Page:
I take a weekly walk along the fence row to see how the plants are responding to my clearing efforts of last winter. Invasive plants are far from eliminated, but at least they have been knocked back to a point where they are not so obvious.
The visual screen has been reduced enough to make it possible to see through to the next field, but it’s still enough of a barrier to keep open field animal species from moving through. I’m still evaluating the health and desirability of those native species left in the fence row to determine where I should make openings to help connect the neighboring fields. I believe a 50 foot wide pathway through the old fence row should be adequate. I’m basing this on the fact that I have several small prairie openings that measure about 50 feet across and these seem to contain a wide variety of prairie associated fauna. If an animal can live in an area 50 feet wide it should feel comfortable enough to travel a corridor of similar size from one area to the next.
The ridge containing the fence row has not fared well during the drought. Ground cover has not done much growing at all.
Christmas Fern is thriving under the conditions we’ve had this year. It is benefiting from the open conditions created by removal of the non-native invasive plants. Its leathery leaves help it to retain moisture in dry conditions and it was in perfect condition to utilize the scattered showers we’ve been having. This is probably the most vigorous species in the fence row right now.
There may be a lack of ground cover, but this is much better than having the ground shaded by Autumn Olive and Multiflora Rose. Prior to the clearing, the view from this point ended about three feet in front of your face. All of that open space was filled with rose canes and olive branches. Now, instead of giving all of my attention to discouraging non-natives, I can begin thinking about encouraging native plants to grow.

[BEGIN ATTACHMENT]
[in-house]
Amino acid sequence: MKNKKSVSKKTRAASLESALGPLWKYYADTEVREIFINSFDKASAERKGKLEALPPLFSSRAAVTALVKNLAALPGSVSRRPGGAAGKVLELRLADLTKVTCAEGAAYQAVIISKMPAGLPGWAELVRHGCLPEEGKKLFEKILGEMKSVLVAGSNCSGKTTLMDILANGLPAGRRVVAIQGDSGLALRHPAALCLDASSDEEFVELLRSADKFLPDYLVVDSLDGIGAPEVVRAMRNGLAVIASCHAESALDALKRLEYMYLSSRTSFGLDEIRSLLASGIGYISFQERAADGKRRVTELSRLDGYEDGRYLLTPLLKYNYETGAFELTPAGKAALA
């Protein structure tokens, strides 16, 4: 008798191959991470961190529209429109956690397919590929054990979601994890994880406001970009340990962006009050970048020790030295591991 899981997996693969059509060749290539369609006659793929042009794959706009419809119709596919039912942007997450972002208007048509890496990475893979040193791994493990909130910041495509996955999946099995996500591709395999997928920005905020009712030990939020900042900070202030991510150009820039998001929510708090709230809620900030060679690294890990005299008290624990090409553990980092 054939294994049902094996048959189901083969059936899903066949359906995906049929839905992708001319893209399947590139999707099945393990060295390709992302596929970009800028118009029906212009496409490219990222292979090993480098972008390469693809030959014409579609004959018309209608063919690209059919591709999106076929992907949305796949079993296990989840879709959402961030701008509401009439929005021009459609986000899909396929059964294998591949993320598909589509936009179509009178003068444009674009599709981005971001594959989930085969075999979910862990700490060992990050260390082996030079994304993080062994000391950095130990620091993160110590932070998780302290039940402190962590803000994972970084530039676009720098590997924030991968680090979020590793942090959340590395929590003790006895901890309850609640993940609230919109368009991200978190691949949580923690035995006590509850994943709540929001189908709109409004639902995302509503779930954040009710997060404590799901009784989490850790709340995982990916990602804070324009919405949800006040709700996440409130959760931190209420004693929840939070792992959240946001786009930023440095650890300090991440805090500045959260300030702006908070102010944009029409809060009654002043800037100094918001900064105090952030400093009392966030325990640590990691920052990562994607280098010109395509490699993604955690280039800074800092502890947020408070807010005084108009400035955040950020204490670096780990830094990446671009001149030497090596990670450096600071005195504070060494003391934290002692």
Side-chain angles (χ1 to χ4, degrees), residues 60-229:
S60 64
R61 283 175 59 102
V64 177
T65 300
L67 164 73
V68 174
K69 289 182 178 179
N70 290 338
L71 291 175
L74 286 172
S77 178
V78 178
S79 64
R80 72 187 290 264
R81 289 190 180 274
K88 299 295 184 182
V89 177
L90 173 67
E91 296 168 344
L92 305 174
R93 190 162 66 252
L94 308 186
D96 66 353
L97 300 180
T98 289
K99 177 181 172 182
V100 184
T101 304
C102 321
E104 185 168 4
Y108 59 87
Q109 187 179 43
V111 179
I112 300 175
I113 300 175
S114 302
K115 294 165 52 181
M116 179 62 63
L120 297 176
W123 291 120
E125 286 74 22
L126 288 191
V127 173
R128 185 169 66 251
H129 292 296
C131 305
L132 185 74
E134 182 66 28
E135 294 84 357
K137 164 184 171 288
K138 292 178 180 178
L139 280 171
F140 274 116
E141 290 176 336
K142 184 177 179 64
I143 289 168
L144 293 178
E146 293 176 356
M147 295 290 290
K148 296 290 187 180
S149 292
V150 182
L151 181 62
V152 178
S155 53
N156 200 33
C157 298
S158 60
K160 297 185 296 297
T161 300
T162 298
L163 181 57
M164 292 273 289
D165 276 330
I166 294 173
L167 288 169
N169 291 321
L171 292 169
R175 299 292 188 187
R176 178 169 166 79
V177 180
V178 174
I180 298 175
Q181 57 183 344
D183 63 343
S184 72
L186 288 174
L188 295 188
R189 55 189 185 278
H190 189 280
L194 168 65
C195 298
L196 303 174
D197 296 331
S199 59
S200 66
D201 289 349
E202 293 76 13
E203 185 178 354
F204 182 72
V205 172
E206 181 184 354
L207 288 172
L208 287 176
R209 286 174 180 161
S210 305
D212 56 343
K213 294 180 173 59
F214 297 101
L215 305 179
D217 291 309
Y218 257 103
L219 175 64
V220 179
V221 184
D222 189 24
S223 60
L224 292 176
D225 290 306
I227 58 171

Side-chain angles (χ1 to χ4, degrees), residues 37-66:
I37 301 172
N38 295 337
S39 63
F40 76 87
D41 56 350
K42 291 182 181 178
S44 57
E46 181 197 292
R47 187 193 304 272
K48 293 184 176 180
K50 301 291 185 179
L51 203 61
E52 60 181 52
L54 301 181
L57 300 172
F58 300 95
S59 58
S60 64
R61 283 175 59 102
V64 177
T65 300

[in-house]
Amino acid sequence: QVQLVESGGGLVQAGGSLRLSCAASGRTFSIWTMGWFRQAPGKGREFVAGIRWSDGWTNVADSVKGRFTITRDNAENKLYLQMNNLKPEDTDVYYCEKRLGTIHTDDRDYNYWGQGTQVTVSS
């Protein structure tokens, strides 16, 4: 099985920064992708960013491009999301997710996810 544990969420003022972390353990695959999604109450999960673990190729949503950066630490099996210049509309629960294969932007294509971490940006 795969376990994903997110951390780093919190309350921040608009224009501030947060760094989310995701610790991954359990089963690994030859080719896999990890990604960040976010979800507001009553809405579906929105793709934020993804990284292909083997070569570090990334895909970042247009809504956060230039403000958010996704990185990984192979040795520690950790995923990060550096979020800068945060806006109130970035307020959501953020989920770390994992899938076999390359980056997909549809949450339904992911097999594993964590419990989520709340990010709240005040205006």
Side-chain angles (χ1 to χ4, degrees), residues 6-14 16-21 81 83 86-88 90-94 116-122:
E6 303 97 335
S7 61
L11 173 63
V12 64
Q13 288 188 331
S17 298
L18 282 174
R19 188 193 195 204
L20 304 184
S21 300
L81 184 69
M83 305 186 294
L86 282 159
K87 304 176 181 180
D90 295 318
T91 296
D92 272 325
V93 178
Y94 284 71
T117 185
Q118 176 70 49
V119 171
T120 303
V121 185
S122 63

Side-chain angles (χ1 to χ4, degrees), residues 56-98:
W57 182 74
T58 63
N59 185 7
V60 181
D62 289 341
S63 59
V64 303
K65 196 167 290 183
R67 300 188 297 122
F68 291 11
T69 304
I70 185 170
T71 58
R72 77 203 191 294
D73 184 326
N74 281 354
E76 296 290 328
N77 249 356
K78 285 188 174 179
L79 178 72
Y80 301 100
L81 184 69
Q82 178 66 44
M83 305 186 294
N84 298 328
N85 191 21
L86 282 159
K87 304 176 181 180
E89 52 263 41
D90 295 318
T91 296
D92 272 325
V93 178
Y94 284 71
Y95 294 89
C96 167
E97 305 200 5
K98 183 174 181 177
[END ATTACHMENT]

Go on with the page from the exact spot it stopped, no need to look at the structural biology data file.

Some of the native trees and shrubs still have to be removed. In most cases, those individuals are obvious. The stress of growing in a crowded fence row with a gang of aggressive invasive species has left many of the trees with deformities that make it impossible for them to persist. Wind storms have helped identify many of those. My goal here is to thin the fence row growth until I’ve created an openness similar to a prairie savanna. There will be shade, but with the area open enough to allow unrestricted air movement. I’ll leave any rare species and high quality specimens. The weak, deformed and common are all candidates for removal.
I found this worn Red-banded Hairstreak on the edge of the fence row area. This is the first Hairstreak I’ve seen in about four weeks. Their numbers are definitely down this year, but I hope there have been a few out there busily laying eggs for next year’s crop.